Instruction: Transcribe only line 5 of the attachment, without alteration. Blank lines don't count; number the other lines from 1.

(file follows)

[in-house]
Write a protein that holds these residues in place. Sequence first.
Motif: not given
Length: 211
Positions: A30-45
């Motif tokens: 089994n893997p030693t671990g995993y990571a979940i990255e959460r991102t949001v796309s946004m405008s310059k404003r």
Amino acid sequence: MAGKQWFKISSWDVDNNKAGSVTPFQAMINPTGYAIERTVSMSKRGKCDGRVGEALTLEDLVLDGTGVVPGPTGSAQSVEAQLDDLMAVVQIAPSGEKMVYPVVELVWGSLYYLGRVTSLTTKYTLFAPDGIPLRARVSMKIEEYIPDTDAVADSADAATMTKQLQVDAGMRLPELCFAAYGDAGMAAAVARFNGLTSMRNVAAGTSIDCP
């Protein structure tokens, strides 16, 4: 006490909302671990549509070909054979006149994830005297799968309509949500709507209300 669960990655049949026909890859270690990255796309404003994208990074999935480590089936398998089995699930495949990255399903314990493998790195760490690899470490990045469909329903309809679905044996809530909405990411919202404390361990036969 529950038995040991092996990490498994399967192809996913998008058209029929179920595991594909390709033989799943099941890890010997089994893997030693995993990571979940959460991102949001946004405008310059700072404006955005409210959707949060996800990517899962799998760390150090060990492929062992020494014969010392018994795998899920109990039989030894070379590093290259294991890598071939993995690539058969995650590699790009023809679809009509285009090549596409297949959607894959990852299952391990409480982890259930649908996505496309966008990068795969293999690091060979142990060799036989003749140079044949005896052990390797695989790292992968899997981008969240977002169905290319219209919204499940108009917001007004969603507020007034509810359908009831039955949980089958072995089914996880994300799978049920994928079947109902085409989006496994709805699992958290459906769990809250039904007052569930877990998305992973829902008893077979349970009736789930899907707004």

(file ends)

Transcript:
Positions: A30-45